On April 6, 2022, the Federal Housing Finance Agency (“FHFA”) announced that Fannie Mae and Freddie Mac will require servicers to suspend foreclosure activities for up to 60 days if the servicer has been notified that a borrower has applied for assistance from the Homeowner Assistance Fund (“HAF”). HAF was established by the American Rescue Plan Act of 2021, and the program is designed to distribute funds to states, tribes, and territories to help homeowners who have been financially impacted by the pandemic with housing-related costs. For example, among other uses, the funds may be used to reduce mortgage principal or pay arrearages so that homeowners can qualify for affordable loan modifications. The specific HAF programs available to borrowers and the required application procedures depend on the borrowers’ state or territory.

Many COVID-related borrower protections expired in 2021, including federal foreclosure moratoriums and the Consumer Financial Protection Bureau’s (“CFPB” or “Bureau”) temporary Regulation X restrictions on foreclosure initiations. However, the CFPB estimated that, as of March 1, 2022, over 700,000 borrowers remain in forbearances and are at risk of foreclosure. According to FHFA Acting Director Sandra L. Thompson, FHFA’s foreclosure suspension for borrowers who applied for HAF “will provide borrowers who need temporary mortgage assistance with additional time to be evaluated for relief through their state’s approved Homeownership Assistance Fund.”

Fannie Mae and Freddie Mac have issued guidance providing that servicers of loans sold to either entity must delay initiating any judicial or non-judicial foreclosure process, moving for a foreclosure judgment or order of sale, or executing a foreclosure sale for up to 60 days if the following criteria are met:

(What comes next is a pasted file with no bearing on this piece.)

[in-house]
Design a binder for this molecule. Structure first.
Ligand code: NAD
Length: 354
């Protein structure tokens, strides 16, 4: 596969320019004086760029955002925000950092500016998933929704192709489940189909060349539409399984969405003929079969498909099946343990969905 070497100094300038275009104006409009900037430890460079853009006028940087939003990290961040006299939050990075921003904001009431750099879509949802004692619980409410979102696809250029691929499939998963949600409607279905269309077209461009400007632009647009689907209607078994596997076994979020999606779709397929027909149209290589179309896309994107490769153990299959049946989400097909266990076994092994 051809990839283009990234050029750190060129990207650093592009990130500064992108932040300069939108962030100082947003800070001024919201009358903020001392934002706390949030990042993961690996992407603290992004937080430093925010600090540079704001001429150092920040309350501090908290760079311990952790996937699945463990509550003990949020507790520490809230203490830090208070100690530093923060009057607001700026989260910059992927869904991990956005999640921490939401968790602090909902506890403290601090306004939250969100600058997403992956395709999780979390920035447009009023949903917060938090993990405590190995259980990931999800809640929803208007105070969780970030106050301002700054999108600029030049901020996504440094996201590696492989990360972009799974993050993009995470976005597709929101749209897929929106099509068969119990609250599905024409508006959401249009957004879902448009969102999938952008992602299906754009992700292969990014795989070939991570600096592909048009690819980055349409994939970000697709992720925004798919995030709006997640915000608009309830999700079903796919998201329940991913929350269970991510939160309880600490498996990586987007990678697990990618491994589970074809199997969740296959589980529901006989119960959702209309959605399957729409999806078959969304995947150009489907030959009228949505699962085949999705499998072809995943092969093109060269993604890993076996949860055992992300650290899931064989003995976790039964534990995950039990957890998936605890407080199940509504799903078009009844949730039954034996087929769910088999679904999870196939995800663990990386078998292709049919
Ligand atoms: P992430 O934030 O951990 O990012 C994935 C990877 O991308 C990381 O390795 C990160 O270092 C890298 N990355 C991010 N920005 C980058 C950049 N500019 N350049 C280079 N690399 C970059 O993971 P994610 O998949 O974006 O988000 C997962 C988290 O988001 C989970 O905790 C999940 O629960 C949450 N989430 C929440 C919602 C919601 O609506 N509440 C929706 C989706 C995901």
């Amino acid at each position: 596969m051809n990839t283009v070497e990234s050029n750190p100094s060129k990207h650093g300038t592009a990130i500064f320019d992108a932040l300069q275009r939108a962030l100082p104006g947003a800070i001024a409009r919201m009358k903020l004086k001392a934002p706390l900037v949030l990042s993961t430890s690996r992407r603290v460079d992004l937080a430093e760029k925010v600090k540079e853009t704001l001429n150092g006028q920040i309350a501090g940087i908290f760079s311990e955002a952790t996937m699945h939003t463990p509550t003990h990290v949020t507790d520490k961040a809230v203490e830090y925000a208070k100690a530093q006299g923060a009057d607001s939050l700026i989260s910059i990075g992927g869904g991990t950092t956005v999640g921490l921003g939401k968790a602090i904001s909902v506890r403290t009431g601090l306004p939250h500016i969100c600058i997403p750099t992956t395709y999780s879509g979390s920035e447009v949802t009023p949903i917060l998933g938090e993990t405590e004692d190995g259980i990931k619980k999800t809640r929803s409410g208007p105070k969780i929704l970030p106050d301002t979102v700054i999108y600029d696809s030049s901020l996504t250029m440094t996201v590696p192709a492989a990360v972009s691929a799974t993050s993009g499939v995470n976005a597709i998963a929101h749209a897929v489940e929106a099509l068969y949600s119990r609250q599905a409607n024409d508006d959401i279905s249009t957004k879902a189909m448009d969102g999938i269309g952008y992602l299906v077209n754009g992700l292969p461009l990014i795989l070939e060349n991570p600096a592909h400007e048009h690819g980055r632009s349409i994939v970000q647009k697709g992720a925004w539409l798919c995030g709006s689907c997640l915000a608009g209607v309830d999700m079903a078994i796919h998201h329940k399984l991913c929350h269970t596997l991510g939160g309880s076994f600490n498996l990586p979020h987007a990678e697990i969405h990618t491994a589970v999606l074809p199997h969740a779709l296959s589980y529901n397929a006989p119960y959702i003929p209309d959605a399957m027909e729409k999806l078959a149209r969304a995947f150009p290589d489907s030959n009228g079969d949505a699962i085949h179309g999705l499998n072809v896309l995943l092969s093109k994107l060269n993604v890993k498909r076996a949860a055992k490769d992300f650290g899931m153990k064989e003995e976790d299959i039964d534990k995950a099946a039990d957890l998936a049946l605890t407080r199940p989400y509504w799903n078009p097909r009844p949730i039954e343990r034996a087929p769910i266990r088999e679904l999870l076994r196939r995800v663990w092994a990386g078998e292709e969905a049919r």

Continue Reading FHFA Suspends Foreclosure for Borrowers Applying for HAF Assistance

The U.S. Federal Housing Finance Agency’s (“FHFA”) draft strategic plan, which we discussed in an earlier post, sets forth FHFA’s goals and objectives for the next four years. Unsurprisingly, FHFA’s recent focus on fair lending issues is reflected in the plan. Over the course of the past year, FHFA has made numerous strides in

On February 9, 2022, the U.S. Federal Housing Finance Agency (“FHFA”) released its Draft FHFA Strategic Plan: Fiscal Years 2022-2026 (the “2022 Strategic Plan”) for public input.

This year, FHFA added a novel objective to this plan – to identify options for incorporating climate change into FHFA’s governance of the entities it regulates.